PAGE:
We had booked a place to stay in Morogoro. Initially, we planned to be there for a day but at Motel 88, Rich, the manager, made us feel so special that we decided to stay an extra day. We used the time to visit a place that is of significance in South African exile history: Mazimbu and Solomon Mahlangu College of Science and Education (formerly known to ANC exiles in Morogoro as Solomon Mahlangu Freedom College).
Despite not having been given warning, the principal of the college, Professor Allen Lewis Malisa, seemed happy to see three passport holders from Afrika Kusini and their Kenyan friend. He gave us a guided tour and the history of the ANC in the area and at the school.
Near the college is a neighbourhood called Dark City, where we were told South African fathers and brothers left children whom they never returned to reclaim.
It was fascinating to watch Niq relate and react to Mazimbu as his last novel, Way Back Home, was partially set in the place, although he had never been there. He started musing about the possibility of a sequel to his book using his new knowledge.
On our last night in Morogoro Rich sent us a round of drinks for being great guests. Pleasantly surprised, we decided that we would find a way of returning his hospitality.
When we alighted from our bus in Mbeya, cab drivers were hustling to be the ones to drive us. But it was Johnson who, after we mentioned the place we were going, immediately told us where it was and quoted us a ridiculously low fare. We were surprised by how far it was when we finally got there. We immediately got his number so that he could pick us up for errands the following day.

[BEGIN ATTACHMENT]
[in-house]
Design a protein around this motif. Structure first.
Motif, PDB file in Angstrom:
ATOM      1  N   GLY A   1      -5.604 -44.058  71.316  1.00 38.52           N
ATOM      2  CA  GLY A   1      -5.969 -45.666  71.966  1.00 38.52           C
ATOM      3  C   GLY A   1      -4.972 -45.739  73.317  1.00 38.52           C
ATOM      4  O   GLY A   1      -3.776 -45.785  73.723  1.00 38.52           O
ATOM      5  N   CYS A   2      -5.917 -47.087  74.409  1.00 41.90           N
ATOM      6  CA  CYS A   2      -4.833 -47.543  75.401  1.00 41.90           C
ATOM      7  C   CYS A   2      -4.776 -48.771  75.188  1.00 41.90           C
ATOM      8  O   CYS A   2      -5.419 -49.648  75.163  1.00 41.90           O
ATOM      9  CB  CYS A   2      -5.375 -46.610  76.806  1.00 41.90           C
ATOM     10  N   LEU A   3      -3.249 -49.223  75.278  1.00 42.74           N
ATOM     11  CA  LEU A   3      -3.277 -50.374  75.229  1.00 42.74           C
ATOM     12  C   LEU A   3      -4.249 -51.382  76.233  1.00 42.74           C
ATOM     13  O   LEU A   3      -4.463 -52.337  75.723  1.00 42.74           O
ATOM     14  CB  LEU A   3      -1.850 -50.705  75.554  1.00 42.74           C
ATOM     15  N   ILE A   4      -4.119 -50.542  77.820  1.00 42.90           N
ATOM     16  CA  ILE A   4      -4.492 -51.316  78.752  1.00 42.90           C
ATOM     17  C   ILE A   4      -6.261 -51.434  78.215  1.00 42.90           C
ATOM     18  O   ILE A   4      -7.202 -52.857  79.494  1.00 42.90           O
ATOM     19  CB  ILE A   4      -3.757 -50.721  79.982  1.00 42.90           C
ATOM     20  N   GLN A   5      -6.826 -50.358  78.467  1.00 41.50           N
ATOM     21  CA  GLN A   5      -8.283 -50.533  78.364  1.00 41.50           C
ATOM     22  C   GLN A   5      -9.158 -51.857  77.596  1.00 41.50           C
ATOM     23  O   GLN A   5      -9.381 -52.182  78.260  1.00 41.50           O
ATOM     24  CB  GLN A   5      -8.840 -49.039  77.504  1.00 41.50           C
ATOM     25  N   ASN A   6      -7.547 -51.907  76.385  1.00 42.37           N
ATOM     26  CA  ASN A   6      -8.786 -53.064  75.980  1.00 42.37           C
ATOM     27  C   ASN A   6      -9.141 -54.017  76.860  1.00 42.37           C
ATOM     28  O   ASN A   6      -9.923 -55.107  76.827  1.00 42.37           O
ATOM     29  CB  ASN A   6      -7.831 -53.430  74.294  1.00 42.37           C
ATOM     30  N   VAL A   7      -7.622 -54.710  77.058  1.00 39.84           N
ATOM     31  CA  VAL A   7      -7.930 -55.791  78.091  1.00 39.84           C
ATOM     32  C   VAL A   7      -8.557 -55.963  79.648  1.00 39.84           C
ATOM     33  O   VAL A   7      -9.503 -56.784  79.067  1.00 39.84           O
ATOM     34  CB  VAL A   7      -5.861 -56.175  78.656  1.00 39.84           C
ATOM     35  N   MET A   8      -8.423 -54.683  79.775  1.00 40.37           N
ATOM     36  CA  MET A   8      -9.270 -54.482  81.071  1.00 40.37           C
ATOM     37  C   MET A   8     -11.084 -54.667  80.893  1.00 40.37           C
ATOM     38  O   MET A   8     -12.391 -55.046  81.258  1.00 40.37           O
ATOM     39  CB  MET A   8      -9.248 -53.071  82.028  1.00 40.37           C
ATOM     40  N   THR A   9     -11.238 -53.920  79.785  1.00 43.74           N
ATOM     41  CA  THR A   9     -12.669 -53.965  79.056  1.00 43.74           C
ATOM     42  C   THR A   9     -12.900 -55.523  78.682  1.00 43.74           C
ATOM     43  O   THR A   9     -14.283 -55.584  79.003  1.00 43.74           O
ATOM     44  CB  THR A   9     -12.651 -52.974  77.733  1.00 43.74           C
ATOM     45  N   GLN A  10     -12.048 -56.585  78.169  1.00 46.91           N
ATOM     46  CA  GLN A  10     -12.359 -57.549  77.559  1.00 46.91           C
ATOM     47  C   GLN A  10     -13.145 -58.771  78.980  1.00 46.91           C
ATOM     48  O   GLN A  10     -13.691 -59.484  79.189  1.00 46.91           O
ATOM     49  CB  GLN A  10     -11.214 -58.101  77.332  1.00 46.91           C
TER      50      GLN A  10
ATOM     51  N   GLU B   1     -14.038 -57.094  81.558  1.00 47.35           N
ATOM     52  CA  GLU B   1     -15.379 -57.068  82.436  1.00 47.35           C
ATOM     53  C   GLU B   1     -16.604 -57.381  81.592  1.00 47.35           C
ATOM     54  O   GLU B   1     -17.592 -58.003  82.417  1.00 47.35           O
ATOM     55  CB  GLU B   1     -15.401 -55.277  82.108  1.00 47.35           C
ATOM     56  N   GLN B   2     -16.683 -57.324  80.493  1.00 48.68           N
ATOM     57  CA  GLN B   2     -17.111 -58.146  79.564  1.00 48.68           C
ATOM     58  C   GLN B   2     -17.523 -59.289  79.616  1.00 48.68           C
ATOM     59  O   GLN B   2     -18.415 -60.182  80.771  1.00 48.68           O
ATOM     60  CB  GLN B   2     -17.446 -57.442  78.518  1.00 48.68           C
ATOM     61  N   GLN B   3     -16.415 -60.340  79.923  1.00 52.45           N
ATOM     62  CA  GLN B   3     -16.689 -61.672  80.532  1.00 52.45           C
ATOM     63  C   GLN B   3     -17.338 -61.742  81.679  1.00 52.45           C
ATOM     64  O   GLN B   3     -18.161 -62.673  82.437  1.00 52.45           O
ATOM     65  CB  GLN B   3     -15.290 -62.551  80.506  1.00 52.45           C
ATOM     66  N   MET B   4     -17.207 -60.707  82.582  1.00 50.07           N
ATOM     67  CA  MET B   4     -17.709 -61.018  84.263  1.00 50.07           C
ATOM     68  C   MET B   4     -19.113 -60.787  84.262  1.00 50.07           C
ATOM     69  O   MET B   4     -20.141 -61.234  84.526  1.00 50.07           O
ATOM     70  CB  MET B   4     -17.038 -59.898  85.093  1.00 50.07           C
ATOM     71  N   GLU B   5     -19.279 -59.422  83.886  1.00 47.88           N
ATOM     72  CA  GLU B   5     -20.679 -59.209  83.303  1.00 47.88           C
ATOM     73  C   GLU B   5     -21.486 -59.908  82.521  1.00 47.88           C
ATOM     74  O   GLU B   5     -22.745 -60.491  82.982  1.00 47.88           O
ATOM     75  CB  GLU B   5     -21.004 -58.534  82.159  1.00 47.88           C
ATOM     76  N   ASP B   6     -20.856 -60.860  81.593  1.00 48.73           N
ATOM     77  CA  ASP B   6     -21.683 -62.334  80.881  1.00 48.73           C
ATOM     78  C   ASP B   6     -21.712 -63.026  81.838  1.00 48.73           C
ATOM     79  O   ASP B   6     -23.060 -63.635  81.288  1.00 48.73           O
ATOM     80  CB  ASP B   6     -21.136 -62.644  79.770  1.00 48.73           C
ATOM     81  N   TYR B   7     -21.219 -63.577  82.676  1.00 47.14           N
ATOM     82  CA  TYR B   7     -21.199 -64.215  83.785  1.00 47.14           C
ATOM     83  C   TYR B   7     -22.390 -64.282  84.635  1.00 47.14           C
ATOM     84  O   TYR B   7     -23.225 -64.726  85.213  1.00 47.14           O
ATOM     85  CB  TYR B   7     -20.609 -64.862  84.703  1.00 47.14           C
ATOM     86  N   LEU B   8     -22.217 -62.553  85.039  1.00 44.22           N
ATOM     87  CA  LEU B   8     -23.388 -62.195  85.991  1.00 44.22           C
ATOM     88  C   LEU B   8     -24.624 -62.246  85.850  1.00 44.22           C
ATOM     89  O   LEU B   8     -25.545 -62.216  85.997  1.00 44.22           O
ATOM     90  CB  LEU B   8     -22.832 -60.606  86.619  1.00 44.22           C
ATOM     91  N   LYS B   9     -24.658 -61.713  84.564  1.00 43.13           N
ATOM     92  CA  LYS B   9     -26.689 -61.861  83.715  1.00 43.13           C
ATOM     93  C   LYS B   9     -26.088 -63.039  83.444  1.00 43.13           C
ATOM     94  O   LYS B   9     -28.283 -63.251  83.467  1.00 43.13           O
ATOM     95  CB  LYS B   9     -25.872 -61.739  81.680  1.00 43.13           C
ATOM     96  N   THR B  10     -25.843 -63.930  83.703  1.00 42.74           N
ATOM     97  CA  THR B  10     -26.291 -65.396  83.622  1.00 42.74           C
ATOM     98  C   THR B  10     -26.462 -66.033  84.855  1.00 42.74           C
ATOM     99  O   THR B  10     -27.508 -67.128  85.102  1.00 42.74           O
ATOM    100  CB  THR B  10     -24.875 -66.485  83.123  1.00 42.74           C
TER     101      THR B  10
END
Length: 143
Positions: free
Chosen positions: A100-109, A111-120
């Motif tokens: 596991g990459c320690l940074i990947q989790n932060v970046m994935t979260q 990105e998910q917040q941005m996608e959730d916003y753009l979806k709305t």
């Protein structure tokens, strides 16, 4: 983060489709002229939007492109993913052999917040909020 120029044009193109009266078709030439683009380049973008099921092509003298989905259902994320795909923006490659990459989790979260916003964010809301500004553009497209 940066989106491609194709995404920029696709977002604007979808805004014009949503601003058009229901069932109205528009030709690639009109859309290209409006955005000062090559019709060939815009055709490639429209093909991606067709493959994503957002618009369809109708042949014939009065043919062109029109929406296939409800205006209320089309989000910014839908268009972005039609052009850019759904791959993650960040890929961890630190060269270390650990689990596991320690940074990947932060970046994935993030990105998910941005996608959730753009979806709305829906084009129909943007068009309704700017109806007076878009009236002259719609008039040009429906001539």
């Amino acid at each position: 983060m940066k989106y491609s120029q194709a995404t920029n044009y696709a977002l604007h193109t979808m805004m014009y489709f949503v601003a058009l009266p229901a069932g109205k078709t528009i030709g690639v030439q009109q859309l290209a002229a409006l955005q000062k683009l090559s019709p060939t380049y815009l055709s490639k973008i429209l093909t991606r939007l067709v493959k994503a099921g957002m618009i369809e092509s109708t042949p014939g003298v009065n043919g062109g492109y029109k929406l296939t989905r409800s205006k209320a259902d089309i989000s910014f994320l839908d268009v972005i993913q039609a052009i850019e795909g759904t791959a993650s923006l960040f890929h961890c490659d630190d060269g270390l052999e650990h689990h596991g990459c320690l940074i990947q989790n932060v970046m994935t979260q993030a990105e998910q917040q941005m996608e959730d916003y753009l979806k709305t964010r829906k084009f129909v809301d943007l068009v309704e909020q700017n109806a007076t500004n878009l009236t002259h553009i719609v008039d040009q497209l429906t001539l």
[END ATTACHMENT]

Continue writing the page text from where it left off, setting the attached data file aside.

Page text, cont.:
After Johnson dropped us at a restaurant the next day, we decided to take another driver later who dropped us at the wrong place. We had to call Johnson to come to our rescue. When he arrived, he helped us without being as smug as he could have been. We later agreed that Johnson is the person to know and take us around next time we are in Mbeya. We finally left Mbeya bidding Johnson goodbye to make our way to the Tunduma border post and cross into Zambia.
Unfortunately, on arrival at the border, we found we would have to sleep over because the last bus had left at two in the afternoon. Ali, whom we had asked to drive us, took us to at least three lodgings where we could sleep without charging us extra. He negotiated our currency change from Tanzanian shillings to kwacha, took us to buy our bus tickets for the next day and, in the morning, he was at our motel at 4am to take us to the bus (after leaving us at midnight).
Although we gave all the Tanzanian shillings we had left beyond our quoted fare, we all equally wished we could have done more and parted with him as one does from a beloved friend.
And as the bus left Tanzania and crossed into Zambia, we talked of how, despite most of us not being as fluent in Swahili as we could be, Tanzania was a place we could live in because of its people.
Equally, we all wondered whether the Tanzanians could say the same about our countries. When they encountered our compatriots, would we be found charming or wanting?